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Anger remains as work starts at care home site
WORK to pave the way for a controversial 54-bed care home in Kidlington has started.
Construction staff have already cleared the site of the former Thornbury House children’s home in The Moors.
It comes after the Bedfordshire Pilgrims Housing Association (BPHA) won planning permission for 54 “extra care” flats on the site.
The approval came despite opposition from scores of residents over its size and extra traffic, and after the developer made some concessions on the height of part of the building.
The original bid to develop the flats over three storeys faced opposition from residents of Lambs Close, who said it would tower over their homes.
Despite the concessions, one of the most prominent campaigners against the development still has his concerns.
Lambs Close resident John Lowe, 67 said residents had not heard from the developer about progress on the site or a timetable for work.
He said: “You would have thought it would have been courteous and neighbourly for them to keep us informed, but it doesn’t surprise me.
“Our major concern was obviously the fact there was never any effective consultation with residents.
“The developers clearly thought they could ride roughshod over the community, but we have secured significant changes, particularly the reduction in the eastern wing from three storeys to two.”
When built, the special flats will allow 54 individuals or couples to live independently with their own kitchens and bathrooms, but with the support of care services and staff on-site.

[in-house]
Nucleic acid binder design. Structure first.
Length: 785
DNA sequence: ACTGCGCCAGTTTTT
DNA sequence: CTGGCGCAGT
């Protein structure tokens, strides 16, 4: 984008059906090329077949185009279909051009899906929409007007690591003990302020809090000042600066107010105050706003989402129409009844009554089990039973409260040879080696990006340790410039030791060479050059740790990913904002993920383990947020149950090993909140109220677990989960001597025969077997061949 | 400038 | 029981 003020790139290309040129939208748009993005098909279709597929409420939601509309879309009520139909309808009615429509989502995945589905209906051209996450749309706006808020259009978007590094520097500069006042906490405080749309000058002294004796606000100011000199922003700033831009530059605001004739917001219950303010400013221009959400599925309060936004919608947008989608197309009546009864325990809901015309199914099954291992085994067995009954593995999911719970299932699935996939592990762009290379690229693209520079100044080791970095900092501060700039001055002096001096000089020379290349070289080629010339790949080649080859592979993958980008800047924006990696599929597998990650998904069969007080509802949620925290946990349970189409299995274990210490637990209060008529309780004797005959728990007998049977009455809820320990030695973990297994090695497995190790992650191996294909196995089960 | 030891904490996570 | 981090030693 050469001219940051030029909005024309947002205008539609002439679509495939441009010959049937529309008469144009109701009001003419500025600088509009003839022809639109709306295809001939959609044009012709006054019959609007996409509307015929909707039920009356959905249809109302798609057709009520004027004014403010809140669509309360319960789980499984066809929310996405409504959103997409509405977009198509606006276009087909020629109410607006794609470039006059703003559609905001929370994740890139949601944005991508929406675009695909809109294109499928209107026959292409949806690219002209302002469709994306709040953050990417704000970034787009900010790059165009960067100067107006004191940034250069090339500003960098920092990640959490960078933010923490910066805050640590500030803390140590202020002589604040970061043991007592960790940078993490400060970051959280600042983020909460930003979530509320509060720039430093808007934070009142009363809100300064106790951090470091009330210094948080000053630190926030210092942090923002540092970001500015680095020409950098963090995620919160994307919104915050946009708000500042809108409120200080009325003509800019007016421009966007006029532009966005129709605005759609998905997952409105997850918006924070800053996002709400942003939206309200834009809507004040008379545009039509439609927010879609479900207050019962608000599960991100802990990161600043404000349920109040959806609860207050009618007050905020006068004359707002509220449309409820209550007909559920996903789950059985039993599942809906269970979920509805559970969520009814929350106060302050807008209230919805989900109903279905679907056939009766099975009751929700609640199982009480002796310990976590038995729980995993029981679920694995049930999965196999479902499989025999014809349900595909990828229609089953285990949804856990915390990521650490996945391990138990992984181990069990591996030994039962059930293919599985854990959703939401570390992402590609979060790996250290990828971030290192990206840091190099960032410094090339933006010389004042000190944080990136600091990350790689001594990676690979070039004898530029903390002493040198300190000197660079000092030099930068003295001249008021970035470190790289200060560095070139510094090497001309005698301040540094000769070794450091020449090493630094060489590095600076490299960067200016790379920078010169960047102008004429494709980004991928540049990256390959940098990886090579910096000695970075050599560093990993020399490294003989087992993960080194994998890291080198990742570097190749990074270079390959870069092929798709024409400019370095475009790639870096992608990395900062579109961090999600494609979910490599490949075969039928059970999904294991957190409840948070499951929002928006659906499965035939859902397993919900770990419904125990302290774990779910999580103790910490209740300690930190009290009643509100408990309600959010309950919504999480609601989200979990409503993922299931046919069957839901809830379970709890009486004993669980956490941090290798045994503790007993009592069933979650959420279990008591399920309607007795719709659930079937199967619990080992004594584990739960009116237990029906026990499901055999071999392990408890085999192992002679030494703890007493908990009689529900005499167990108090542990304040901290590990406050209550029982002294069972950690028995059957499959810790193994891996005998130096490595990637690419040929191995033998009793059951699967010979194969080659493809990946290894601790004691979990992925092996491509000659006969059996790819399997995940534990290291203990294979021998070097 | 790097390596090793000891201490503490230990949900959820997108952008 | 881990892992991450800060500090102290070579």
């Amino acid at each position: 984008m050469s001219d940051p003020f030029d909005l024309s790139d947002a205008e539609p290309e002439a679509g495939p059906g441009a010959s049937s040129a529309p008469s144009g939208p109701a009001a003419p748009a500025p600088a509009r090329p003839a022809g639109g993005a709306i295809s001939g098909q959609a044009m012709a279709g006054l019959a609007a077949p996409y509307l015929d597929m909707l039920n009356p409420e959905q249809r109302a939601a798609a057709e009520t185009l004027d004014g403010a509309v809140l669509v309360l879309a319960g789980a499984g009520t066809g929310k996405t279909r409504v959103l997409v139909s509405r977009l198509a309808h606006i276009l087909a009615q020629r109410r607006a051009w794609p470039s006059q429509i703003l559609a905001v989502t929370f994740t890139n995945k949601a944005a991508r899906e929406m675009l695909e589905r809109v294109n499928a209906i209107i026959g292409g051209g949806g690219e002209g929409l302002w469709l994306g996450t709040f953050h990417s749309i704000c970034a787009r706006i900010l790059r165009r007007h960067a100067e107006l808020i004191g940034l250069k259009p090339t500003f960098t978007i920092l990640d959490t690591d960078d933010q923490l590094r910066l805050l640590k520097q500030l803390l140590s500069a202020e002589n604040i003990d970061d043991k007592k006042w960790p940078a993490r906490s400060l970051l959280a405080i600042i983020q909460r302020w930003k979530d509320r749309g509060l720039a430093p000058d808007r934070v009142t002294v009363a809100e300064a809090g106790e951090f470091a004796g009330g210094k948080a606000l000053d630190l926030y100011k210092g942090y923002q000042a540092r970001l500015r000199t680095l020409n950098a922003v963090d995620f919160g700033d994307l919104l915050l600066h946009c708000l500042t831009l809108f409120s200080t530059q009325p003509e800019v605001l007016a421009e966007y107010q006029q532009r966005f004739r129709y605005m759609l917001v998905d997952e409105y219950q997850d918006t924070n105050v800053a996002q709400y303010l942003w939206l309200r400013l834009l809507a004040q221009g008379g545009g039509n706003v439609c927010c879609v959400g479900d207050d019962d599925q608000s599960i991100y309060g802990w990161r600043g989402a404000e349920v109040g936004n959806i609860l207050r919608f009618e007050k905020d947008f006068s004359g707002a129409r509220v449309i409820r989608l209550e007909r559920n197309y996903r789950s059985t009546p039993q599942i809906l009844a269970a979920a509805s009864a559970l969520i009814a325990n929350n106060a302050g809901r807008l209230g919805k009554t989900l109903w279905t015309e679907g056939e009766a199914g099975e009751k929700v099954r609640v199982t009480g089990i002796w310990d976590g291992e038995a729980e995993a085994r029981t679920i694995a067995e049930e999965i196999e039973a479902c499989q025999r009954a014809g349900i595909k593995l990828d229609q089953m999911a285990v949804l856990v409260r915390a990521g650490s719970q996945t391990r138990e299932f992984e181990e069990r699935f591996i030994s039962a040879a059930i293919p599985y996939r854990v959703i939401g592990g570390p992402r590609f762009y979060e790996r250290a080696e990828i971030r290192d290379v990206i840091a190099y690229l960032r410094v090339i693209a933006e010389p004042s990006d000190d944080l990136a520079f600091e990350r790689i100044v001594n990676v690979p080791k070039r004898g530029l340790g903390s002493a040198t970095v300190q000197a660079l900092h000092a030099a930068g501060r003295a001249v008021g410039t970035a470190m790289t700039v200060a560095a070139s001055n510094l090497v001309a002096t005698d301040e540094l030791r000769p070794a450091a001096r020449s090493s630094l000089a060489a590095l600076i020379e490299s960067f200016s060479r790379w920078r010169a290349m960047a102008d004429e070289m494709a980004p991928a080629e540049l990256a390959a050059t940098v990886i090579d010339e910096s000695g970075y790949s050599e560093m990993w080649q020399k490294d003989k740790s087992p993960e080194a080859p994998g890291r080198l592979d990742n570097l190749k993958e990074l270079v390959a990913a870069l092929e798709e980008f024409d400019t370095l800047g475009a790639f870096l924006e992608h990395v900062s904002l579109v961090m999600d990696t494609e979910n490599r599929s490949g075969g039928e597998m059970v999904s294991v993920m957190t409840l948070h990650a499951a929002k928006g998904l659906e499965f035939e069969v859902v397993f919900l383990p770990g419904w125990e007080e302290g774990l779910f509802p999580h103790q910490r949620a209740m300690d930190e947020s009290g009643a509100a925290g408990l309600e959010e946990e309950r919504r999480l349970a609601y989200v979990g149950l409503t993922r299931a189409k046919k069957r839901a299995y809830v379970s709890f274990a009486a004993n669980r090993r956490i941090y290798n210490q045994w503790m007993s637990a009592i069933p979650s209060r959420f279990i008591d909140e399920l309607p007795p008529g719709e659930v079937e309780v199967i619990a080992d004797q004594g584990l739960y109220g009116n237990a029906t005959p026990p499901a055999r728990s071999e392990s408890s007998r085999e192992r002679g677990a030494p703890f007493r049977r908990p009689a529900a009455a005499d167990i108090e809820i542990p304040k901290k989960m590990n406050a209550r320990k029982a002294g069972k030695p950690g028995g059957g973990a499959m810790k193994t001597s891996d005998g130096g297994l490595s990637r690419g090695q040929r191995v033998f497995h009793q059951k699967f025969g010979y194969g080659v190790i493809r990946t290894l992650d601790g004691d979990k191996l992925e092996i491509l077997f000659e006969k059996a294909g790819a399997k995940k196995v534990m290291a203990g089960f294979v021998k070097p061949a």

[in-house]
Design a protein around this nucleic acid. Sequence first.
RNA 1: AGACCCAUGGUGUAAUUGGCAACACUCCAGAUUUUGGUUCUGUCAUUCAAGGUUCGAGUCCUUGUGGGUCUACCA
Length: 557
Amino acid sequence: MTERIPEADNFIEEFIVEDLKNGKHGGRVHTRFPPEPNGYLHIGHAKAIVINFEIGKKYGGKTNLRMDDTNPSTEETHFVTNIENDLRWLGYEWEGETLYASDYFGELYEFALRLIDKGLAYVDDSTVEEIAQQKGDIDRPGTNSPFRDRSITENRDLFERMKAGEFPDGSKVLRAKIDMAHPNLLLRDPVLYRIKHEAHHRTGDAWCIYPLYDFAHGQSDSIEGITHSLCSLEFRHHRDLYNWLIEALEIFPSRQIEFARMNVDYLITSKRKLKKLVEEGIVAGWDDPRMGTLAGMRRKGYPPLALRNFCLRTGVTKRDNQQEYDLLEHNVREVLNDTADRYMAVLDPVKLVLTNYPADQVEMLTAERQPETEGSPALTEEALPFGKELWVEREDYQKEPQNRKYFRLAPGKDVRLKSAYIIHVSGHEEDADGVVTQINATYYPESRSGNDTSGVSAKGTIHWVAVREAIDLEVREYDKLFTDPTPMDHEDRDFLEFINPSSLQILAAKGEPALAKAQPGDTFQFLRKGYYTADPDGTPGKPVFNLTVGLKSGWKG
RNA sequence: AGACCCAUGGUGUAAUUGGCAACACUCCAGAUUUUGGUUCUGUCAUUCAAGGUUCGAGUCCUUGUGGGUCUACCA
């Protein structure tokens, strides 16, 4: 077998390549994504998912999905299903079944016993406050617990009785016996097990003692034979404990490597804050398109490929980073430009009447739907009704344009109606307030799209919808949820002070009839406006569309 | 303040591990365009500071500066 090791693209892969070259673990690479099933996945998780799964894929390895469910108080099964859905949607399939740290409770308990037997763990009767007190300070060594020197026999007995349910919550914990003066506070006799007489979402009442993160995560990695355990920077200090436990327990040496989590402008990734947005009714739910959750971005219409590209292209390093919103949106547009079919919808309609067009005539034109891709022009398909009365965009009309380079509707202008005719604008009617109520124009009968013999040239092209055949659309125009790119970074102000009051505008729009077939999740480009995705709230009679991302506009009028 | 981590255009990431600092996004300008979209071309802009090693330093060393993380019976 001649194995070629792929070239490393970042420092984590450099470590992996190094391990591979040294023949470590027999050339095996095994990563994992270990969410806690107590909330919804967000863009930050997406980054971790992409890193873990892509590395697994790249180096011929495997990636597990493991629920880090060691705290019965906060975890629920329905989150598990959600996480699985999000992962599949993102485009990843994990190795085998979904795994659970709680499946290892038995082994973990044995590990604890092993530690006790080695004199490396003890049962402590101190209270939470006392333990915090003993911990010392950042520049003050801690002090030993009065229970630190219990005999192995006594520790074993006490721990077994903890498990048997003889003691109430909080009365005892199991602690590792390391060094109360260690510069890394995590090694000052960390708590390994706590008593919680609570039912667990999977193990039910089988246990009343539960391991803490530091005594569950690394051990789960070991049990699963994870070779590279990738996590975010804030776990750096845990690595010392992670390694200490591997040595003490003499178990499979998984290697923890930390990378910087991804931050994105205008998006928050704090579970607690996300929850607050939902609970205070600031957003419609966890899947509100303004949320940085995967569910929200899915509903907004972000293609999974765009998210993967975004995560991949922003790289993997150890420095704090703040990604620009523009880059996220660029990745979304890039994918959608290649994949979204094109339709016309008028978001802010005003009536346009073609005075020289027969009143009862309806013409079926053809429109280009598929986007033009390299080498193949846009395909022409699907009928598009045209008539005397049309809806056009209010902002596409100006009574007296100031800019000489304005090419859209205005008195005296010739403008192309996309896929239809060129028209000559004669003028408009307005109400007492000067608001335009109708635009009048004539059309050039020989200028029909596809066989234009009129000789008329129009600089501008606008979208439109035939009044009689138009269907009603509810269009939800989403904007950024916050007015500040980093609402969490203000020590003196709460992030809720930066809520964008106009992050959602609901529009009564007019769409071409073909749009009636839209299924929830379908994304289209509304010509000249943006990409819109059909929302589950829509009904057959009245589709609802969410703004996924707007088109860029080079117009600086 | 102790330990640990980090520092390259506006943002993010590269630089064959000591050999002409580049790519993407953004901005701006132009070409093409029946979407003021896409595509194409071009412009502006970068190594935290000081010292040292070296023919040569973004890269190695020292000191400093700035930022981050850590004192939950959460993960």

But the BPHA has remained vague about its construction timetable and about when work on the building would start.
Association spokesman Nicola Dowlen said: “The new site will join existing extra care homes in Bicester, Banbury and Oxford which have been developed in partnership with the county council and The Orders of St John Care Trust, a registered charity, who provide a wide range of care services for older people.
“We know that we are living longer and in Oxfordshire it is estimated that by 2032 there will a 56 per cent increase in the number of people aged 65 and over.
“The BPHA care partnership has recognised this need and is working to ensure that Oxfordshire is the leading county for addressing our older people’s needs now and in the future.”
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